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Farmers and managerial capitalism: the Saskatchewan Cooperative Elevator Company

dc.contributor.authorIrwin, Robert
dc.description.abstractNorth American farmers have intrigued historians and social scientists for the last century. The special characteristics of an agrarian lifestyle in a capitalist and increasingly industrial world, combined with a tradition of political protest, differentiate farmers from other social groups. Recently, the rise of the Reform Party in Western Canada has renewed interest in earlier so- called agrarian populist protest movements. Commentators on the present political scene often make reference to the Reform Part/s prairie populist heritage, pointing to Cooperative Commonwealth Federation, Social Credit, or Progressive Party philosophy. But do historians truly understand this populist tradition? Since its roots appear firmly lodged in the agrarian economy, the ideology or ideas of the farmers need to be scrutinized.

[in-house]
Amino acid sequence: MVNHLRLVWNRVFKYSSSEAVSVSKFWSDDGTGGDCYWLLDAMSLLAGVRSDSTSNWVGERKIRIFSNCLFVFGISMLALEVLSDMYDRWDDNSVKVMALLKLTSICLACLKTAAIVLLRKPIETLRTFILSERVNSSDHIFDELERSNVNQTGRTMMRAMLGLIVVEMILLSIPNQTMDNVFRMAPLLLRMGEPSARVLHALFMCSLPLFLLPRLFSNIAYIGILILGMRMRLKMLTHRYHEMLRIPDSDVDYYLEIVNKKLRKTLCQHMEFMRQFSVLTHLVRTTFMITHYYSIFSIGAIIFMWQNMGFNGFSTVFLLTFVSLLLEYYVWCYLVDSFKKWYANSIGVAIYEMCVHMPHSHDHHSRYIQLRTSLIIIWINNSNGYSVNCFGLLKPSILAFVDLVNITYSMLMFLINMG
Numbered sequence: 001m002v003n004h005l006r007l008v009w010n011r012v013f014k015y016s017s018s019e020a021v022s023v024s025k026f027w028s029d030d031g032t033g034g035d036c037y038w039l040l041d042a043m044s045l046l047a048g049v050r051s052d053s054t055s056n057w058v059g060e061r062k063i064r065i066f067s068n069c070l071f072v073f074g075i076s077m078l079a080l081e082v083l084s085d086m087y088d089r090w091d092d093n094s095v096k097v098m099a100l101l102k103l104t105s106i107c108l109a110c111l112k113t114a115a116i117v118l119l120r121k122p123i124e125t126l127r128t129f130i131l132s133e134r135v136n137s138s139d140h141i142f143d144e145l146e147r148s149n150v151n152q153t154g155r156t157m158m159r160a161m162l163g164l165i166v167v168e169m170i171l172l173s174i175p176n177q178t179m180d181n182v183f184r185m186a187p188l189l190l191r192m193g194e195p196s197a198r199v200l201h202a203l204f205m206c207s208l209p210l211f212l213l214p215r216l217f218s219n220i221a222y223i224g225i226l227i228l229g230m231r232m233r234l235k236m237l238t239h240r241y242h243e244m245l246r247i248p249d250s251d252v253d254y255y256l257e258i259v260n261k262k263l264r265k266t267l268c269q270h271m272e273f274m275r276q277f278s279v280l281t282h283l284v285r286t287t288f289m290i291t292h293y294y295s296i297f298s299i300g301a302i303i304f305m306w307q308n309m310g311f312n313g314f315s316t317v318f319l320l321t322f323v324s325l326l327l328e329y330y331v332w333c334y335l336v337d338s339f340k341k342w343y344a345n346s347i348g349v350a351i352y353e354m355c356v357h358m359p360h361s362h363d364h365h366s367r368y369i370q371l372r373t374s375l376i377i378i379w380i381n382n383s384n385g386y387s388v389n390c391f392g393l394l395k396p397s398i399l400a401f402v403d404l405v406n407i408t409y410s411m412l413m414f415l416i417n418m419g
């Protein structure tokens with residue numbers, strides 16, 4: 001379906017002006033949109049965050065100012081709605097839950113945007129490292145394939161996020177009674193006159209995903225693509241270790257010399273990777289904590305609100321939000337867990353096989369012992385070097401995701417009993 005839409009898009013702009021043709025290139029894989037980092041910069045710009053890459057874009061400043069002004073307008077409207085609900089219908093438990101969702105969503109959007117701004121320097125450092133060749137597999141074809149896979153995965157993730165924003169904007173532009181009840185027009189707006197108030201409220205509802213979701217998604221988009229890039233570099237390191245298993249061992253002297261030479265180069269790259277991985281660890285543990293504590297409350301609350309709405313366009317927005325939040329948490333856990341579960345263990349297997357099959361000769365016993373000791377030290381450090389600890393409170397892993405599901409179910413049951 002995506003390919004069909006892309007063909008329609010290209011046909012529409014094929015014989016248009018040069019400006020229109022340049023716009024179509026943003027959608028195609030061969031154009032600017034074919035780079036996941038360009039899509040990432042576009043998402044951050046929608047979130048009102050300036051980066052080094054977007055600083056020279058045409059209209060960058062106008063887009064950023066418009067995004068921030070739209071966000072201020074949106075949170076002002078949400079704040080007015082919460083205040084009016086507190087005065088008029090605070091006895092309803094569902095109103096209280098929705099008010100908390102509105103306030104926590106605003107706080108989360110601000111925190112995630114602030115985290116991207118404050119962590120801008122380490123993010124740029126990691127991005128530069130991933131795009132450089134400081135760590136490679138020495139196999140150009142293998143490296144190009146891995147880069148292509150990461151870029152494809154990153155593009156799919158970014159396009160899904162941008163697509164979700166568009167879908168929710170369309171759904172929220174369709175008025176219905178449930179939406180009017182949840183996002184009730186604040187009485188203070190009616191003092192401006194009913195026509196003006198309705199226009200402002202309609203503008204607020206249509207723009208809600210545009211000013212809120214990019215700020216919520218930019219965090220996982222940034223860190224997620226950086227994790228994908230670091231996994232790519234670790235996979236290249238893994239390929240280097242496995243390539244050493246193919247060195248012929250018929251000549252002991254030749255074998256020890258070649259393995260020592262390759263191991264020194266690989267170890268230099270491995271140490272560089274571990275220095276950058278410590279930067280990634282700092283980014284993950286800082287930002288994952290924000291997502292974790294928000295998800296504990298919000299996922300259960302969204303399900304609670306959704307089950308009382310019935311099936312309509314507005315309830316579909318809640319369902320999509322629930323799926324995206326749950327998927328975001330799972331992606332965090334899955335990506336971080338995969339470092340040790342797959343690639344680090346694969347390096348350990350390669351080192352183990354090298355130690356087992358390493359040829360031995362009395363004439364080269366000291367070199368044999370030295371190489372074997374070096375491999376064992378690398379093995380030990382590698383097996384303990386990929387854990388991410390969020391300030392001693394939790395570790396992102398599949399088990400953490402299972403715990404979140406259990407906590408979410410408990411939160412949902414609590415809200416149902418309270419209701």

dc.identifier.citationIrwin, Robert. "Farmers and Managerial Capitalism: The Saskatchewan Cooperative Elevator Company," Agricultural History 70, no. 4 (1996): 626-652.
dc.rightsAll Rights Reserved
dc.subjectNorth American farmers
dc.subjectSaskatchewan Cooperative Elevator Company
dc.subjectagrarian populist protest movements
dc.subjectReform Party
dc.subjectpopulist tradition
dc.subjectWestern Canada
dc.subjectagrarian economy
dc.subjectCooperative Commonwealth Federation
dc.subjectSocial Credit
dc.subjectProgressive Party
dc.titleFarmers and managerial capitalism: the Saskatchewan Cooperative Elevator Companyen